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Saturday, June 22, 2013

Inheritance and real estate: What to do when our grown kids fight over our money

A fact that many find hard to accept is that controversy and disharmony affect almost every family after the parents pass away. In some, the issues are eventually resolved in a way that allows the family to remain on good terms. In many others, the disagreements are permanent; the children can no longer tolerate each other because of what was said and done after the parents' deaths.

Planning ahead really can help this situation. Parents really can reduce the likelihood that their family won't survive as a unit. The problem is that parents simply won't admit that it could happen with their kids. They somehow are able to convince themselves that their own children are superior to the rest of the human race in terms of suppressing greed, resentment, grief and anger.

It's not up to me to persuade any particular person that their children are less wonderful than they think. I'm a parent; I understand how we idealize our own kids. However, every parent should ask himself or herself whether they'd intervene if their children were fighting over something controlled by the parent. Would they step in if they knew there was an argument going on from which their kids would simply not recover? Of course they would. So why not prevent that fight in the first place?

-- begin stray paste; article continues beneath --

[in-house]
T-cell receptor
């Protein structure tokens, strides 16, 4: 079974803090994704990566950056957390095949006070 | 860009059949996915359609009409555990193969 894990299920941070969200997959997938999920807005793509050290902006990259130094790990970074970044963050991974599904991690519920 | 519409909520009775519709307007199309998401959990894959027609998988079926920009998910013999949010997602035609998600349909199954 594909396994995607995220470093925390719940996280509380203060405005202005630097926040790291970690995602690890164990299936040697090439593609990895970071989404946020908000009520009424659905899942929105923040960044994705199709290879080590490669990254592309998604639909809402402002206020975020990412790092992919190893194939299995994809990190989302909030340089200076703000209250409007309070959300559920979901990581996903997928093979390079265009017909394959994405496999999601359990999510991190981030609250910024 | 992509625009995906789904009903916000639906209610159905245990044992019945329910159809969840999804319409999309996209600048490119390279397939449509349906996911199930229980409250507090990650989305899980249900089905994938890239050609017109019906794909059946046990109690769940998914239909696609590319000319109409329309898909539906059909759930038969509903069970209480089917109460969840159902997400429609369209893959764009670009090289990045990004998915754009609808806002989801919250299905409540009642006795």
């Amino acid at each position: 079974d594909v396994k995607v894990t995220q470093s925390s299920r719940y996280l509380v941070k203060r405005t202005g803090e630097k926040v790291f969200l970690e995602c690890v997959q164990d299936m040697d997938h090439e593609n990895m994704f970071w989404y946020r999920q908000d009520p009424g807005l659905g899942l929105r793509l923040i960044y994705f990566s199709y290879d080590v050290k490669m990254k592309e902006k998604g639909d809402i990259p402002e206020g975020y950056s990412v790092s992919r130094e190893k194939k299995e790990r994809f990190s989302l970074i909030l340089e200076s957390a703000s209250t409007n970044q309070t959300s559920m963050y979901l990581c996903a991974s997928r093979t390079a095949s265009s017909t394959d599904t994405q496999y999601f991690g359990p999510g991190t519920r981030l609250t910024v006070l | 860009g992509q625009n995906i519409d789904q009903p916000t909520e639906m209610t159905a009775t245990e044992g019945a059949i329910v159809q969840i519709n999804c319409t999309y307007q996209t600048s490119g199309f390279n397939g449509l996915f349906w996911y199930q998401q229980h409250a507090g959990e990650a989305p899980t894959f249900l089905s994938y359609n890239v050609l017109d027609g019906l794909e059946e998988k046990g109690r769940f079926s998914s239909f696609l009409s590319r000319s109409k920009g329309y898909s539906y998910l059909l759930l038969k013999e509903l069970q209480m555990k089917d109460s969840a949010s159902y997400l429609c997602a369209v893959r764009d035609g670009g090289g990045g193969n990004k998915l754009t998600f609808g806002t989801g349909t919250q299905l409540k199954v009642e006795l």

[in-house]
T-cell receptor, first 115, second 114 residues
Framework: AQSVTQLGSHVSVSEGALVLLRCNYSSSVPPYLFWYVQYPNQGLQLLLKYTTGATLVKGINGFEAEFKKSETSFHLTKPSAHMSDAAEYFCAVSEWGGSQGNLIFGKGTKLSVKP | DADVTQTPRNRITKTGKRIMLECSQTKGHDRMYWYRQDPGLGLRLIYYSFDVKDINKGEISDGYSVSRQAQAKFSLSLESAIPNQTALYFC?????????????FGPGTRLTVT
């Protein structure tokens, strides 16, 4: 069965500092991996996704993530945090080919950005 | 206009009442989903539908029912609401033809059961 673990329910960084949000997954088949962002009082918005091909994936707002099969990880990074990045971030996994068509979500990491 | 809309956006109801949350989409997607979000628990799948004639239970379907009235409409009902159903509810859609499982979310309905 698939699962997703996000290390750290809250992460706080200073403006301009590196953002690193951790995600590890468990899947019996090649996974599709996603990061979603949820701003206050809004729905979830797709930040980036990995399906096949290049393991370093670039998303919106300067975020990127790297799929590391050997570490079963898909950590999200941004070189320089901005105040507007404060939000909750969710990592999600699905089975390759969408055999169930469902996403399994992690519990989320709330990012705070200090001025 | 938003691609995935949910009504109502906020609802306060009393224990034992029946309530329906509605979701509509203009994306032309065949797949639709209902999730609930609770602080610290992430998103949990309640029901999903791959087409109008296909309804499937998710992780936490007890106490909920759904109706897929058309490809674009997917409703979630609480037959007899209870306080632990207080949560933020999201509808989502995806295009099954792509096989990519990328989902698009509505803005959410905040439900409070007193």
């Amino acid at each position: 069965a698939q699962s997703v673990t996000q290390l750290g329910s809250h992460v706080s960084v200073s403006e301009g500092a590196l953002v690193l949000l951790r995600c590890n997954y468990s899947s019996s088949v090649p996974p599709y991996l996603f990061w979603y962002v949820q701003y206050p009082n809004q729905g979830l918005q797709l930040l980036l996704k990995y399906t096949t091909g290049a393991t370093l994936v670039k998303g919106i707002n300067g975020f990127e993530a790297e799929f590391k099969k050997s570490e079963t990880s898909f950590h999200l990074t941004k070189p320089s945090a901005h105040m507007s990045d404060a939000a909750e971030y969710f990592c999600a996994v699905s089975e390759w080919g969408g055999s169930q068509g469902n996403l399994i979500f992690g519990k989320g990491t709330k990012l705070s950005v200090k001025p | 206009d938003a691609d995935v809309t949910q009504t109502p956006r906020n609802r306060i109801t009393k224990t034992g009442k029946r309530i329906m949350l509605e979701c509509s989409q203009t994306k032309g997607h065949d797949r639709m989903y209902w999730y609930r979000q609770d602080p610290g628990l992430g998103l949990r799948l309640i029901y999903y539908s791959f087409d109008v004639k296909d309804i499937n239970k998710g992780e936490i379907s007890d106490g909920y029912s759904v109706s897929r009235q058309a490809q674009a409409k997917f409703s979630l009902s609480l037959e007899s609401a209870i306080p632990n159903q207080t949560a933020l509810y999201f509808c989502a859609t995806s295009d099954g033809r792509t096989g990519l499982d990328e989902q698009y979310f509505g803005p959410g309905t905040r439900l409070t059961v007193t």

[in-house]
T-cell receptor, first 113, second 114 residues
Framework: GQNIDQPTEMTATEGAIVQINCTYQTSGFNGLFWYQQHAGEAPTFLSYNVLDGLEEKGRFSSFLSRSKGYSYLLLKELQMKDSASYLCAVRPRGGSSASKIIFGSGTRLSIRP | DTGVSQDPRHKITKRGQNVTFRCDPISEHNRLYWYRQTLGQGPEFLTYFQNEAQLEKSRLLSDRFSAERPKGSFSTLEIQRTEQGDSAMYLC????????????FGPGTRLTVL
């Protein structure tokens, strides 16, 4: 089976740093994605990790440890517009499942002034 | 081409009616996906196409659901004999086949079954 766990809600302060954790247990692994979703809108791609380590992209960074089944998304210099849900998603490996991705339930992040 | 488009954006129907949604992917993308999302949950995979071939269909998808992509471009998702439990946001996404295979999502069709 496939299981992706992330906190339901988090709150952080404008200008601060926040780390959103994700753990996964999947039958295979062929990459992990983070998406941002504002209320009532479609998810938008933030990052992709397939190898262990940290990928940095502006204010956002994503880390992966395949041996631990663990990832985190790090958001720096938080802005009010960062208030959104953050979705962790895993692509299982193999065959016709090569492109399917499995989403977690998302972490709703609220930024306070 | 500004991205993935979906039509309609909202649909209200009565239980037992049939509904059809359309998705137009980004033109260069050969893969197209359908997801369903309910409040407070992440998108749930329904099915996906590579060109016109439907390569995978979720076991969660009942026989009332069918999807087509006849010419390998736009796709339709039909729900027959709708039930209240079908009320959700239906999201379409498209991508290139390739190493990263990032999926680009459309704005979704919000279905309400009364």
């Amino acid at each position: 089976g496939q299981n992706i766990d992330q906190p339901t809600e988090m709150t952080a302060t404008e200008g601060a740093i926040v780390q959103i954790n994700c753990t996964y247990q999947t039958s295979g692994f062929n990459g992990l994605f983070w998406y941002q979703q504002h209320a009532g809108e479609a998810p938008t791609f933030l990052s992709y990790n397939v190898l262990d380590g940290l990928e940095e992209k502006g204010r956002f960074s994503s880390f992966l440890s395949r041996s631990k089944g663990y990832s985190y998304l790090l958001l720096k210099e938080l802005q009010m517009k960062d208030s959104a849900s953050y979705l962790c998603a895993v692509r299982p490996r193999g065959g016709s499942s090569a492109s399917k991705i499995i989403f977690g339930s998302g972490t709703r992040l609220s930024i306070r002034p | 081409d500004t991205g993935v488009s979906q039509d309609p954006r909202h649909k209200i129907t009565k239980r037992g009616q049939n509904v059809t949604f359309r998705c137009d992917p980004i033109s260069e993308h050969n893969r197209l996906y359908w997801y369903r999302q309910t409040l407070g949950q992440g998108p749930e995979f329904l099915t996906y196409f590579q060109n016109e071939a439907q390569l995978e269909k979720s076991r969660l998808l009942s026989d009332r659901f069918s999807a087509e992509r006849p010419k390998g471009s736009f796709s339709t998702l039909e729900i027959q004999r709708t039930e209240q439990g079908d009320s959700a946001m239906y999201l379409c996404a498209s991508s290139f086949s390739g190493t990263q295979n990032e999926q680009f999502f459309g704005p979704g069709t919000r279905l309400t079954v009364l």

Understanding that your kids (and their spouses) may have a bad reaction when you pass away or when you lose mental capacity does NOT mean you don't love them.

I found an article at that gives some suggestions for prevention of the turmoil and disputes that could arise. Click here to read it. Although the title suggests that it's about real estate, it actually talks more about personal and household possessions than the title to the house.

In the article there is a reference to the fact that a videotaped message would be read at "the reading of the will". In my experience, there is rarely, if ever, an actual reading of the will for the family. However, if a videotape such as the one suggested in this article were to be prepared and the lawyer knew about it, a showing would be held for the family.